REVIEW: The Far Enough Window by John Grant


Title: The Far Enough Window
Author: John Grant
Illustrator: Ron Tiner
Website of Author: http://www.johngrantpaulbarnett.com/
Website of Publisher: http://www.bewrite.net
Genre: Fantasy
Publication date: 2002
ISBN: 1-904224-79-2
Length: 289 pages
Format: Paperback / eBook

Reviewer: Lucille P Robinson
http://www.lucilleperkinsrobinson.com
Alternative-Read.com
Reviewer for: Alternative-Read.com, BeWrite.net, Thomas Nelson Review Blogger

Joanna is a lonely teenager verging on adulthood and is kept as a virtual prisoner in her own home. Without father, who's gone all the time, and mother, who must have died, her only friend is Mrs. Ruggeley the housekeeper. When Joanna learns about The Far Enough Window, she explores, finds the window in a wing of her home that has not been used since her mother died and meets Robin Goodfellow, a friendly character from the other side of the Far Enough Window. Joanna finds her way through the window with Robin's help and explores Fairyland. She meets good characters and bad characters and learns moral values that only interaction with others can teach. In the end, she learns the secrets involved in her own life.

I enjoyed the story. However, one picture of Joanna nude seemed out of place. There are no sex scenes or obscene language. Toward the end, a series of jumps between dimensions sort of confused me for a short time, but once passed this area I obtained my mental balance once more. The ending isn't exactly 'And they all lived happily ever after'. Instead it leaves Joanna facing an uncertain future just as we face uncertain futures in our lives.

Author Bio:
John Grant, a pen name for Paul Barnett, has written sixty or so books, about twenty-five are fiction. They include The Far-Enough Window, The Hundredfold Problem, Albion, The World, Qinmeartha and the Girl-Child LoChi (published as half of a "double" with Colin Wilson's The Tomb of the Old Ones), two collaborative parodies with David Langford (Earthdoom and Guts) and the twelve novels of the Legends of Lone Wolf series. Under his real name he has written the two (so far) space operas Strider's Galaxy and Strider's Universe. His illustrated fiction Dragonhenge, done with Bob Eggleton, was nominated for a Hugo in 2003; its successor, The Stardragons, appeared in 2005. His serial novel The Dragons of Manhattan was published online during the latter part of 2003 by the global journalism website Blue Ear and has just been released in book form by Screaming Dreams Press.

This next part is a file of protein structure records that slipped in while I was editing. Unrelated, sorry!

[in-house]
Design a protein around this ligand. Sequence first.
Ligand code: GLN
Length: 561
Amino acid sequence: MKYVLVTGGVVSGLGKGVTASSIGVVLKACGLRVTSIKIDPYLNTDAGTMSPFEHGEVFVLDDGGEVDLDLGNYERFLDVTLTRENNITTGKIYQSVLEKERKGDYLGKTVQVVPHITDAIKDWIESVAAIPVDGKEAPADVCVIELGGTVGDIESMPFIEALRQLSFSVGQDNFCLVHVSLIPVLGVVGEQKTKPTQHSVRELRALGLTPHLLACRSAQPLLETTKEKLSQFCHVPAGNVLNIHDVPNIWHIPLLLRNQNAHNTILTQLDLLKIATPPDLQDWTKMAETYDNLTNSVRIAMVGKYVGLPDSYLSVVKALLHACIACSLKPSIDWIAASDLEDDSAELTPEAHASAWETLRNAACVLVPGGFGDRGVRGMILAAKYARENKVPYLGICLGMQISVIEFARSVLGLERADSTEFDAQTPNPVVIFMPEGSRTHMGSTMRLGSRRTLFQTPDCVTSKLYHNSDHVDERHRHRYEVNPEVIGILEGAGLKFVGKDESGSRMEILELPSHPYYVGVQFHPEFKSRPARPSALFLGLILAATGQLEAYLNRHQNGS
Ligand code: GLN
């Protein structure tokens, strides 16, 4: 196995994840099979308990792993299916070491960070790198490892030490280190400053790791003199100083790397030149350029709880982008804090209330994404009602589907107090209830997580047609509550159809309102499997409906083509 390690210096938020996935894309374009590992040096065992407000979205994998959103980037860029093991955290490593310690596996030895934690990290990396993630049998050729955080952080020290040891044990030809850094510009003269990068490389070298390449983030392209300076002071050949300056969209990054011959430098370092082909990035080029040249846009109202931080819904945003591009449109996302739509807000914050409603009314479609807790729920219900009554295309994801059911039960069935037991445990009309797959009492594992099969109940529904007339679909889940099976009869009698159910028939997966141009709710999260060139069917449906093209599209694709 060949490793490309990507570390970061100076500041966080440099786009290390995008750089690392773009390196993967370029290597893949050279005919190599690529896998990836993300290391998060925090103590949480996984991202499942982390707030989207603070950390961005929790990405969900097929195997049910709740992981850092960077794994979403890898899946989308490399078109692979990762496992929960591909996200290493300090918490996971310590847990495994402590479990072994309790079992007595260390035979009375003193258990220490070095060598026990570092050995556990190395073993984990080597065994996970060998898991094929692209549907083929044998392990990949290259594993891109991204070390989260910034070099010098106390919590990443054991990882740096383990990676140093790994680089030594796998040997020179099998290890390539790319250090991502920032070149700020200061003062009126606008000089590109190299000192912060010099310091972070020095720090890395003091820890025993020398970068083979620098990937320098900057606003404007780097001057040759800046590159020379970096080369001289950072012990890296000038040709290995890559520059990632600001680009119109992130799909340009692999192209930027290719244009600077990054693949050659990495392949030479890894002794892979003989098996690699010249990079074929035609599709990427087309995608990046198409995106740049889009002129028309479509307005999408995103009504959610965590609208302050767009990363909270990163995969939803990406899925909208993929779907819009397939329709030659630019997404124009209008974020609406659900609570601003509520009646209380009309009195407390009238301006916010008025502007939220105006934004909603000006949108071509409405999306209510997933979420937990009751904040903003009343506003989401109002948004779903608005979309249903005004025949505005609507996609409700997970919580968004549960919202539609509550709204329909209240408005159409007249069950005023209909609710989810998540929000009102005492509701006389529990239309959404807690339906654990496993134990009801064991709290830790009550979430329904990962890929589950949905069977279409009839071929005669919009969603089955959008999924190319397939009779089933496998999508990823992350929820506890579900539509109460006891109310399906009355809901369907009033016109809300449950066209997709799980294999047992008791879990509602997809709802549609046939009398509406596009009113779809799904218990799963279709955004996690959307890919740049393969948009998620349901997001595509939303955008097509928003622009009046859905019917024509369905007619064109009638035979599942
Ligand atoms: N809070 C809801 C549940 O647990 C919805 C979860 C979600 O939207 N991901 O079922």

His best known works of nonfiction are The Encyclopedia of Walt Disney's Animated Characters (three editions), The Encyclopedia of Fantasy (done with John Clute) and most recently The Chesley Awards for Science Fiction and Fantasy Art: A Retrospective (done with Elizabeth Humphrey and Pamela D. Scoville).

As John Grant he has received two Hugo Awards, the World Fantasy Award, the Mythopoeic Society Scholarship Award, the J. Lloyd Eaton Scholarship Award and a rare British Science Fiction Association Special Award.

1 comment:

  1. Interesting book. I don't think I would pick it up though. Something about the nudity and the dimensions jumping doesn't seem quite right in my head, but I wouldn't have known if I didn't read your review. =)

    Sassy, you're such a dedicated book blogger! I've never seen someone so eager to visit others and reply back, and there's so much content on your blog! I honestly wish I had an award for you.

    I'll keep revisiting! =)

    ReplyDelete

Thanks for taking the time to leave a sassy comment. It's truly appreciated. I aim to get back to you as soon as possible -- Sassy :)